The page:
A few weeks ago I went up to J Vineyard and Winery with the Safeway team to learn all about their sparkling wine making processing, eat an extraordinary 5-course meal paired with their wines, as well as learn more about Columbus Craft Meats (one of my favorite charcuteries brands) and Triscuits (which has a new line of seasoned crackers that I’m a bit obsessed with).
I teamed up with Safeway to learn more about some of the products that they sell in their stores. I’ve been looking forward to visiting J Vineyard and Wineries for awhile since sparkling wines one of my favorites to celebrate and enjoy. The tour did not disappoint, starting with a history of the winery that was founded in 1986 by Judy Jordan (at the age of 25!) to the current owners of E & J Gallo who took over the winery in 2015. The tour continued and showed us the entire process of how they made sparkling wine which involved some cool looking machines that turned and twisted the bottles to make sure the sparkling wine yeast continued to ferment the wine. In the old days, this process was actually done by hand!
The tour ended with a 5-course meal in the Bubble Room that continued to get better and better after each course. From a white asparagus, morel and duck egg dish (paired with pinot gris, a signature wine that they started making after they expanded beyond sparkling) to the rainbow trout (paired with Chardonnay), and lamb three ways (paired with Pinot Noir) I was pretty stuffed. But not so much that I couldn’t fit in the chevre cheese course with a sparkling Brut Rosé and the final Meyer Lemon Crémeaux dessert served with a Vintage Brut sparkling wine. All in all, it was a hard day of eating and drinking!
Afterwards we went up to learn more about Columbus Craft Meats and Triscuits. I didn’t think I could eat any more, and neither did the Safeway folks, which is why they had us make snack filled bento boxes-to-go with both of them. Of course, despite being full, I had to sample all the various charcuterie, including their Italian Dry Salame (with Burgundy wine and a hint of garlic) as well as zesty Calabrese with red pepper flakes that Columbus Craft Meats brought. Of course, I already buy their products to snack and make sandwiches with as it tastes like actual charcuterie and meat, not like some weird Frankenstein meat product.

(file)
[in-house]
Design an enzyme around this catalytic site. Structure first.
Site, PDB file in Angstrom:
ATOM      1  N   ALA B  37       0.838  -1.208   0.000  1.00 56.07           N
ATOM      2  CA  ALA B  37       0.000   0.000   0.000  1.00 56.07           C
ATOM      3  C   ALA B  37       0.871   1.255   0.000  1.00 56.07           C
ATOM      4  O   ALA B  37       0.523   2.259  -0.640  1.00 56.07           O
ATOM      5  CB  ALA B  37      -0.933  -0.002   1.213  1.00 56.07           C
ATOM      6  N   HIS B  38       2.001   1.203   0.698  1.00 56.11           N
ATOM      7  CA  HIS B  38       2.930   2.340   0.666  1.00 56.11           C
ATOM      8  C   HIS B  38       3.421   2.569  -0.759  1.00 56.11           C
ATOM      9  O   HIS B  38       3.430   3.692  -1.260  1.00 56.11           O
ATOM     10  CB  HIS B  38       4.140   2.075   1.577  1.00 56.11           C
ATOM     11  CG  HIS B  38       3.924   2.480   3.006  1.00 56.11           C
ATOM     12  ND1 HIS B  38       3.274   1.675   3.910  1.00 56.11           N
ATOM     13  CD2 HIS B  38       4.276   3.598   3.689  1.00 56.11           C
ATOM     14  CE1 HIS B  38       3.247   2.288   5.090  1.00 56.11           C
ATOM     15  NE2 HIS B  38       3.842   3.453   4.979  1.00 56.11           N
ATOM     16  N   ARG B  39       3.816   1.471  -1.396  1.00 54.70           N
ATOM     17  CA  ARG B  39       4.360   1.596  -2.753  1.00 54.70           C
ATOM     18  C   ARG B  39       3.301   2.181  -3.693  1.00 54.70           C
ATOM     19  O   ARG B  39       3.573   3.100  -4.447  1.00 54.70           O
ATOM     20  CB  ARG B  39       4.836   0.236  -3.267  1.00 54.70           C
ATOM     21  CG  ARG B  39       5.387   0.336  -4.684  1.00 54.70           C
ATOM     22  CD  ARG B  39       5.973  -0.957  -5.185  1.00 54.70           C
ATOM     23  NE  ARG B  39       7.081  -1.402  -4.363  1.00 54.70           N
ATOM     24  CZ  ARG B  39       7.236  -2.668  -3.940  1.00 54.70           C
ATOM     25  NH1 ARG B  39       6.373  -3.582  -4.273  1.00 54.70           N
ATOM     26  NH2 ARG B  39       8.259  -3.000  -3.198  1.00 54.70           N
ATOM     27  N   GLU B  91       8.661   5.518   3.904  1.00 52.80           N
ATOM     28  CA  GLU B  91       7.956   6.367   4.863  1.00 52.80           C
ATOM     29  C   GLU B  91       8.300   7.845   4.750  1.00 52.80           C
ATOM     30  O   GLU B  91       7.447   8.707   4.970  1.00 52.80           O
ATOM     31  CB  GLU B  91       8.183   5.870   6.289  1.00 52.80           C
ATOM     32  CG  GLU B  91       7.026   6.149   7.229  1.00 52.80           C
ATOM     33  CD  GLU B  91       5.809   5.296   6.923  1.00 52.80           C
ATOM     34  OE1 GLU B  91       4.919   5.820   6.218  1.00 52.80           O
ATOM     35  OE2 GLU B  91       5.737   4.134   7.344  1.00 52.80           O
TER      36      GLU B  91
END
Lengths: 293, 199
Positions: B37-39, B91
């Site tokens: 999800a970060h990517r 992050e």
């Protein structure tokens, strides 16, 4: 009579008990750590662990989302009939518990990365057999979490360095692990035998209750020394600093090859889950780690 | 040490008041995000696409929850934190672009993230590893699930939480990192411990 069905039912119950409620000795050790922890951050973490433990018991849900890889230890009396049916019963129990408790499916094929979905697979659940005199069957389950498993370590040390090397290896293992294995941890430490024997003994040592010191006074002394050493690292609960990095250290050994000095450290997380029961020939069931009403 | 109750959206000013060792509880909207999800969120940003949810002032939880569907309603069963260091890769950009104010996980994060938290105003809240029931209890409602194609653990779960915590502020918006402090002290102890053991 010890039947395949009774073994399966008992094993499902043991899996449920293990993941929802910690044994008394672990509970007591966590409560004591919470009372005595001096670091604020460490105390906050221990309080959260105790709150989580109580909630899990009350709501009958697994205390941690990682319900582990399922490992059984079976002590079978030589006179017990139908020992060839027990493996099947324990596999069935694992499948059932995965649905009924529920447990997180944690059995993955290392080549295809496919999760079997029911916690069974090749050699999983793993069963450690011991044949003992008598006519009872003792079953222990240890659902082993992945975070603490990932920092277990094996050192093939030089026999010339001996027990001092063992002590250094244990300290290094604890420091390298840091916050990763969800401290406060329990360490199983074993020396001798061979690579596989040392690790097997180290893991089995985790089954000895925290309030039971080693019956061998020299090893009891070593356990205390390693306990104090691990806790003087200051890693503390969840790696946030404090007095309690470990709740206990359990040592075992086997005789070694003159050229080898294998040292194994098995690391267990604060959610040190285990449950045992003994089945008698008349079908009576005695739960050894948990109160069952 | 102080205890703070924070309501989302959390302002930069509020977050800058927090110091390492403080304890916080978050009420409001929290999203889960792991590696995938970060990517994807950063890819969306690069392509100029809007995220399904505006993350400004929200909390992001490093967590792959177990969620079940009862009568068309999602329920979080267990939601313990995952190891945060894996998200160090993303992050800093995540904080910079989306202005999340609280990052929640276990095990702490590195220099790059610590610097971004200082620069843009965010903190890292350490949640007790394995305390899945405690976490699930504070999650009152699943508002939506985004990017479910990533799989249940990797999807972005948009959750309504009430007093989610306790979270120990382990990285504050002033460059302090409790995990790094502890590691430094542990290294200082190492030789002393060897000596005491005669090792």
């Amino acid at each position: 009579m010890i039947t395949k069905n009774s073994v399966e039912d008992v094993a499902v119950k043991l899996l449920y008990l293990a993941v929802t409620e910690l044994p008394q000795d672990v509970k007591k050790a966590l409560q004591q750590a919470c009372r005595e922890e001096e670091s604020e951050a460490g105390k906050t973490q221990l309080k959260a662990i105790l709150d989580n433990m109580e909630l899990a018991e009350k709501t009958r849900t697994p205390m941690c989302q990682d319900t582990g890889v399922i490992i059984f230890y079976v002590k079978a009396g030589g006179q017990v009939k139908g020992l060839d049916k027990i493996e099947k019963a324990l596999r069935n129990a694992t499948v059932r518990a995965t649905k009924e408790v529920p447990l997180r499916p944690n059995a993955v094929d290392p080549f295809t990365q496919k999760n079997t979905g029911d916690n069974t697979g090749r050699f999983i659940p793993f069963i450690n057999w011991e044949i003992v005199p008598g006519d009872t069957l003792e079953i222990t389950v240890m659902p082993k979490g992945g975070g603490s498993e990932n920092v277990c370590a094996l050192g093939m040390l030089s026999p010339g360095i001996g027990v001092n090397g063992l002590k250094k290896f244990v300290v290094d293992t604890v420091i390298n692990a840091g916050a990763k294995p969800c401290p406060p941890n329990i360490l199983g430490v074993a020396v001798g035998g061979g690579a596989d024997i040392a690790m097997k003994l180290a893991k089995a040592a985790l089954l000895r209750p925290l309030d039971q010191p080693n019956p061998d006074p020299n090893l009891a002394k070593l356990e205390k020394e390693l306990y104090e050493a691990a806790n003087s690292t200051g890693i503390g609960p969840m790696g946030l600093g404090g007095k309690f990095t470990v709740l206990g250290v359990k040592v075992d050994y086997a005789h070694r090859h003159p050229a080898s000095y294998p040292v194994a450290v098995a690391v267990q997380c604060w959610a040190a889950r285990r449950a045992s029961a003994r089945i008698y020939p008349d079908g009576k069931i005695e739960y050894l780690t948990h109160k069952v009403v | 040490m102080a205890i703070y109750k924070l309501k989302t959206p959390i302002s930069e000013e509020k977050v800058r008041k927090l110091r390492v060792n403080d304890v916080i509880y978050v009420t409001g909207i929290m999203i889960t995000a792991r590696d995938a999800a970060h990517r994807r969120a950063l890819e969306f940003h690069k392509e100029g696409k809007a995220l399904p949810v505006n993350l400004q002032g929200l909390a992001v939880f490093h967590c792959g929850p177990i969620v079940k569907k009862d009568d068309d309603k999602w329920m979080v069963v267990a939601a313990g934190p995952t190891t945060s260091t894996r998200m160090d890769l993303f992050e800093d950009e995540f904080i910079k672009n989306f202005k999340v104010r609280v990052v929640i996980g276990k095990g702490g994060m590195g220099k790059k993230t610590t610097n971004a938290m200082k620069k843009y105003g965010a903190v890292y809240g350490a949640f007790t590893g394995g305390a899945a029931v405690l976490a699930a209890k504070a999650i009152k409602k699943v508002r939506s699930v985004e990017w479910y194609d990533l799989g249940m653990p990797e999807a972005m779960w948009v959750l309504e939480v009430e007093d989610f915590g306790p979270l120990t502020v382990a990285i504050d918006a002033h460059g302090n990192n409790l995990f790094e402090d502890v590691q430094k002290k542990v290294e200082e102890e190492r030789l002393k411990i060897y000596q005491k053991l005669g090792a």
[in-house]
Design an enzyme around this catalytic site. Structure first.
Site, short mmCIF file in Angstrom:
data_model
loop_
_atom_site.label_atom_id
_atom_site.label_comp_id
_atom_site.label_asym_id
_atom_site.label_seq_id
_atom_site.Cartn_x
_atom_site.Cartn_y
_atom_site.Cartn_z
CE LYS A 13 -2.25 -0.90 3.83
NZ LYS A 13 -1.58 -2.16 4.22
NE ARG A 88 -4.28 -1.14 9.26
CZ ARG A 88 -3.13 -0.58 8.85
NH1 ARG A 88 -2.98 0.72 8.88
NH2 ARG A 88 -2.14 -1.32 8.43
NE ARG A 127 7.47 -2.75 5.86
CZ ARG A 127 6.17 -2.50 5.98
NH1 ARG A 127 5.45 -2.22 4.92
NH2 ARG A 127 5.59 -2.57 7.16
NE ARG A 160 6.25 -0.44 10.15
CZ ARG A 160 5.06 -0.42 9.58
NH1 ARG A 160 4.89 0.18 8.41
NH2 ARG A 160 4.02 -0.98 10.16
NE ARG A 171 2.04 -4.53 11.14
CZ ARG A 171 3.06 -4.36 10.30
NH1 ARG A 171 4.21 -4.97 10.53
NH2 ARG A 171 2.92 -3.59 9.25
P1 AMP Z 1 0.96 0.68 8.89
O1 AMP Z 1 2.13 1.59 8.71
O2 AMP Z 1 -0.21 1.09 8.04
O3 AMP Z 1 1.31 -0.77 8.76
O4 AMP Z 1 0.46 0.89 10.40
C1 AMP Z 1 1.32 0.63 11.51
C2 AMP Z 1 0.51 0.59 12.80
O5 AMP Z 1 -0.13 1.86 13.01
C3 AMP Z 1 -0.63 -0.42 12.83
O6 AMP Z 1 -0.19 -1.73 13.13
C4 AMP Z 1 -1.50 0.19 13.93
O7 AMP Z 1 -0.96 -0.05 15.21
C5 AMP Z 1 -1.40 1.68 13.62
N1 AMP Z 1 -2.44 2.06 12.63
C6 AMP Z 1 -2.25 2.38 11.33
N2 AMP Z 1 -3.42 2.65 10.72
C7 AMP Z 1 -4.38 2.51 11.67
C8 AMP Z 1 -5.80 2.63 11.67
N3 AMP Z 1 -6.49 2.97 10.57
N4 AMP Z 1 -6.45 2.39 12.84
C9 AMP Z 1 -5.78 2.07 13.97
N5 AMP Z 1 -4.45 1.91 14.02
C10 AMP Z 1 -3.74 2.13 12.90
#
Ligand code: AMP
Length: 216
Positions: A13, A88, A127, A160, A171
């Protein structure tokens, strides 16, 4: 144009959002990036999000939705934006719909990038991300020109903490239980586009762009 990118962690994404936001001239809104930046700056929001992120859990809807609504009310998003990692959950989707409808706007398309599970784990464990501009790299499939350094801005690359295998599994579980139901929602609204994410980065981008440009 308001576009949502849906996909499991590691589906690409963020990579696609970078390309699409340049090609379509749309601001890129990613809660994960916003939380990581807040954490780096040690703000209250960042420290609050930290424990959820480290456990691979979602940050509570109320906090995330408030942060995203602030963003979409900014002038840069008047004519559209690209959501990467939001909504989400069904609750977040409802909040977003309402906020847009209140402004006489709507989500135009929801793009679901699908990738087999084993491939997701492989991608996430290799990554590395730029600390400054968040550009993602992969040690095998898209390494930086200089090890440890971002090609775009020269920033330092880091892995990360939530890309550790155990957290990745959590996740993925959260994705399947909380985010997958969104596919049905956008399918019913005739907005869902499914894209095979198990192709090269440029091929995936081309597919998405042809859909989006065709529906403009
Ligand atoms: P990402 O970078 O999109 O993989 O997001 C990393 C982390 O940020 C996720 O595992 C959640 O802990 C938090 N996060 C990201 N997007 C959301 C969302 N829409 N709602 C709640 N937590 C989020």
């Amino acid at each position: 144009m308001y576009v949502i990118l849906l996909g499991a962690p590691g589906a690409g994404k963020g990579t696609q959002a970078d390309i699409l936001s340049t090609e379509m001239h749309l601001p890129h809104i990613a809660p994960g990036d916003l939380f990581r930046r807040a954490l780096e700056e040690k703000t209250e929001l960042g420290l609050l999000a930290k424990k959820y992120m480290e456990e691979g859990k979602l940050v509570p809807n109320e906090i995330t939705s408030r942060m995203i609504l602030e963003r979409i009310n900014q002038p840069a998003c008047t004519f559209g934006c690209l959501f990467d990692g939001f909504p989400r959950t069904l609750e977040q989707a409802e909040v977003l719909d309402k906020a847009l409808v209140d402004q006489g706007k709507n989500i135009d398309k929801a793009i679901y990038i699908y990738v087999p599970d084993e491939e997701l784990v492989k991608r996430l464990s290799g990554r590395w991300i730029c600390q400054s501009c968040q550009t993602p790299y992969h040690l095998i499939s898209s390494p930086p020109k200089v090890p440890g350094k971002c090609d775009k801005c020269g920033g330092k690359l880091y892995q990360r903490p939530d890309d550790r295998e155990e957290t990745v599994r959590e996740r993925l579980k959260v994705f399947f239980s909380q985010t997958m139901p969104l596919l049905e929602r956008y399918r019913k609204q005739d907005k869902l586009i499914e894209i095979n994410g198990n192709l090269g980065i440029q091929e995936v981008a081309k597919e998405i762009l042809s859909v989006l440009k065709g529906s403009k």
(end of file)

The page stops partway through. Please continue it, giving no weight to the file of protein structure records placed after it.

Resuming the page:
But what I didn’t know much about was the new Triscuit flavors, that included my favorite, a basil and garlic cracker that had quinoa seeds woven into it. What! I swear I could eat the box of them all by themselves. And I almost did too, despite being crazy full from the lunch. I’ve always had a soft spot for Triscuits and their simple three ingredient crackers (wheat, oil and salt). But their new flavors like their rosemary and jalapeno cracker had chia seeds woven into them as well!
In the end, as I came up with a “goodie bag” full of products, to inspire me in the kitchen. With spring here and rhubarb appearing, I knew that I wanted to make something that would be easy to make and bring to a picnic or serve on a charcuterie platter. I tend to hibernate a bit in the wintertime, but once Spring comes around, I start thinking of picnics and entertaining! And this spicy, sweet and savory rhubarb chutney would pair well with the richness of the Columbus charcuterie and the salty crunch of the triscuit crackers. Sharp and acidic, with a mix of savory and spicy, the chutney is perfect on top of the charcuterie and salty flavorful cracker. Plus the touch of pinot noir wine that I used from J Wineries added a level of complexity that brought the chutney to the next level. Spring is here! Grab a picnic basket and throw in some J Winery bubbly, a packet of Columbus Crafted charcuterie, some Triscuits crackers, a little cheese and wine and this easy to make rhubarb chutney. It’s finally time to get outside and enjoy the nice weather!
A favourite for young and old. Add more or less sugar to suit your taste.
6 stalks rhubarb, sliced into 1-2 cm pieces
1-1½ cups water
2 Tbsp sugar
¼ cup flour
½ cup rolled oats
½ cup brown sugar
½ cup dessicated coconut, optional
½ teaspoon cinnamon
4 Tbsp canola oil
Place rhubarb and water in a 20 cm microwavable bowl, sprinkle with sugar and gently toss.
Combine flour, rolled oats, brown sugar, coconut and cinnamon in a mixing bowl.
Add oil and mix well.
Sprinkle crumble mix over rhubarb.